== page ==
While the Canal House won’t be completed until next year, it has already created several innovations, including one of the largest-scale 3D printers in the world and advances in sustainable materials.
On the other side of world comes an entirely different perspective on 3D-printed housing. While the Canal House is experimental, architecturally elegant and pushes the envelope of materials science and constructibility, it will take three years to complete.
Meanwhile, Shanghai WinSun Decoration Design Engineering claims to have erected 10 3D-printed houses—each costing about $4,800—in less than 24 hours.
There’s some debate over whether Shanghai WinSun’s houses are genuinely a 3D creation because they were printed not as a single item, but in parts that were then assembled onsite. But the feat is impressive nonetheless.
The simple, concrete-framed buildings were made using an enormous 3D printer that is 150 meters long, 10 meters wide and 6.6 meters high. The houses each cover an area of 200 square meters and were designed to someday provide affordable housing to the homeless.
The 3D-printed “ink” of each structure is a combination of recycled construction and industrial waste materials formed into structural concrete and wall panels.
These houses may not win any design awards, but the manufacturing concept that delivered them so cheaply and quickly is a leap forward in sustainable tilt-up construction. The process contains costs and could be applied to solving housing crises in major cities around the world.
The above examples are just three among the many new uses of 3D printing at building scale that are popping up around the world. They clearly point to a world where advances in 3D-modelling software in combination with advances 3D-printing technologies (both in terms of size and materials like concrete and carbon fibre) will allow architecture and construction professionals to more efficiently and more sustainably design and implement building solutions for our rapidly urbanising planet.
As the organic form of Arup’s root supports suggest, 3D printing may also indicate a future of beautiful new architecture and infrastructure in our cities.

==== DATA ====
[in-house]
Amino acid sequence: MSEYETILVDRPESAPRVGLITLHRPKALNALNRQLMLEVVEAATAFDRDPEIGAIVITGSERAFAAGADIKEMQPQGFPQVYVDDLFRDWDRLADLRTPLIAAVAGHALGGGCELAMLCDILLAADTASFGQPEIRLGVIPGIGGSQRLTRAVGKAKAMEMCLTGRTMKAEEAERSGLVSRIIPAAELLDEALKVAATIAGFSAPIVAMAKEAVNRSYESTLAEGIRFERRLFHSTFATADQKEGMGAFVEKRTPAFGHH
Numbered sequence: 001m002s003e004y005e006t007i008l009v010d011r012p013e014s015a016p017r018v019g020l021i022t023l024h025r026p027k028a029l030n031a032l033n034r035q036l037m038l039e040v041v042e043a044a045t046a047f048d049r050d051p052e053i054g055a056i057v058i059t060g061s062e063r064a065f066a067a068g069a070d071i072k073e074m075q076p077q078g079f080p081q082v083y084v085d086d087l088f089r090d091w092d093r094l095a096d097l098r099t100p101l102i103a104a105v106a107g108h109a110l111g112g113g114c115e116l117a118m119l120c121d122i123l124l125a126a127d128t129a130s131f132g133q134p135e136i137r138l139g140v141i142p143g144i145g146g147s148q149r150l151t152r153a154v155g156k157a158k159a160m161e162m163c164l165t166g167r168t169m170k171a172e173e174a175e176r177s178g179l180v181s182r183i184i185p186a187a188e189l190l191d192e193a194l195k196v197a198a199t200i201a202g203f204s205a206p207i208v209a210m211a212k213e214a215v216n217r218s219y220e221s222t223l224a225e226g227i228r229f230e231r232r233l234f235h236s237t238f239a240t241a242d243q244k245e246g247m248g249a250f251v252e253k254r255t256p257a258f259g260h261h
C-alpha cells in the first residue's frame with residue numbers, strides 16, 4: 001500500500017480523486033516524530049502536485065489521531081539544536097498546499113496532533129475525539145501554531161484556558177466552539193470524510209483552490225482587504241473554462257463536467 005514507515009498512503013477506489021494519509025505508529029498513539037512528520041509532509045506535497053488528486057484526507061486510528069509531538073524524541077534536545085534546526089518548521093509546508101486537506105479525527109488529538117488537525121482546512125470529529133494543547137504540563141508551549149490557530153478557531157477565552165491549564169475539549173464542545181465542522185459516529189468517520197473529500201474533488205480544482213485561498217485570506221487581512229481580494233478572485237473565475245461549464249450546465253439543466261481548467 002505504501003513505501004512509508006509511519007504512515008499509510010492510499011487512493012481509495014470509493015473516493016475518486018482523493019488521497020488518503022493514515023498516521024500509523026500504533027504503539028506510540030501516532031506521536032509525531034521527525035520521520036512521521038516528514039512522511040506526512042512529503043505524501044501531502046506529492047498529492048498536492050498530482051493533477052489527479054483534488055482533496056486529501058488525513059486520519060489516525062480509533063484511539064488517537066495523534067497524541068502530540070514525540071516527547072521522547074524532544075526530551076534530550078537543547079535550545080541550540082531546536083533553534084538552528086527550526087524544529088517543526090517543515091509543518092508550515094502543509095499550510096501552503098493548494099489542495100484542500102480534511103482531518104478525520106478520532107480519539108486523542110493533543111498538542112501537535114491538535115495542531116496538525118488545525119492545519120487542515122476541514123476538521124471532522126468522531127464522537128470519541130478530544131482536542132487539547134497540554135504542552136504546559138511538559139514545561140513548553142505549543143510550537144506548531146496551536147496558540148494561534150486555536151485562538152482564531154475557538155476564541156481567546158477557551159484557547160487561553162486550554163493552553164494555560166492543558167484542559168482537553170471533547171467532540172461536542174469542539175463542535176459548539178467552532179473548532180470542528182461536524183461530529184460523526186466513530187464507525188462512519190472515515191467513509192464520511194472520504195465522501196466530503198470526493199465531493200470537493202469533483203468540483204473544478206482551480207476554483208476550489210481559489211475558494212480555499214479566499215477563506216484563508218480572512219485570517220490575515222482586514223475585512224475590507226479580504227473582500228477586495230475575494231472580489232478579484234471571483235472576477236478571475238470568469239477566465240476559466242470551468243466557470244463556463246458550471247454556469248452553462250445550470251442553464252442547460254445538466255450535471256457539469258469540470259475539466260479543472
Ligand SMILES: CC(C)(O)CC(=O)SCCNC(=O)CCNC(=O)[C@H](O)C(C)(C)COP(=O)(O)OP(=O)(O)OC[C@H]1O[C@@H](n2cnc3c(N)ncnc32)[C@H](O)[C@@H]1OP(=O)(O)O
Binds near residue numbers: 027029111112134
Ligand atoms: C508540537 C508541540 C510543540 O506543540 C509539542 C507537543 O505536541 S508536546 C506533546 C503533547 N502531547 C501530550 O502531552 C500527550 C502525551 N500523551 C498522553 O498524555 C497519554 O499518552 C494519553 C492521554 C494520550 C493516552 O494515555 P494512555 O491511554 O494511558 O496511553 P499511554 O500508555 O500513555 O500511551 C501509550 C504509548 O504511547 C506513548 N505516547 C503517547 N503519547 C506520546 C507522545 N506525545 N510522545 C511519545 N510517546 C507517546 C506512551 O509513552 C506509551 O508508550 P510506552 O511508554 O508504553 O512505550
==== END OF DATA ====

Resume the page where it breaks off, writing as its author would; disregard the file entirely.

CHECK OUT our latest blog post! Analysing the impact of 3D printing on houses, cars and boats, we take a look at WinSun; the eco-friendly house builders, Kor Ecologic Ltd; the 3D car printers and the space age looking URBEE 2, a completely 3D printed vehicle!
If you’ve been following our blog, you’ve most likely been impressed with 3D printing’s versatility – stylish casts, augmented reality sets, retro gaming devices and even beautiful dresses – but now, prepare to marvel in 3DP’s greatest achievements.
Think big – both in scope and size – and you may come close to what we’re about to show you.
We’re taking a look at 3D printable houses, cars and boats – in a quick review sure to please the techies and leave the average person dumbfounded.
You may be asking – how can a relatively small device create a house, or rather, a home, or even a vehicle?
The video below captures an ambitious Chinese company’s plans to mass produce houses. Oh, and these aren’t made of plastic! Using recycled stone and quick-drying cement, WinSun, the company responsible, are able to construct 10 eco-friendly dwellings a day!
As we look towards our Chinese printing cousins – we must admire their efficiency and applaud their intention to plug a hole in the market. With China’s property bubble only beginning to show signs of popping in 2014, millions are currently occupying less than adequate living quarters.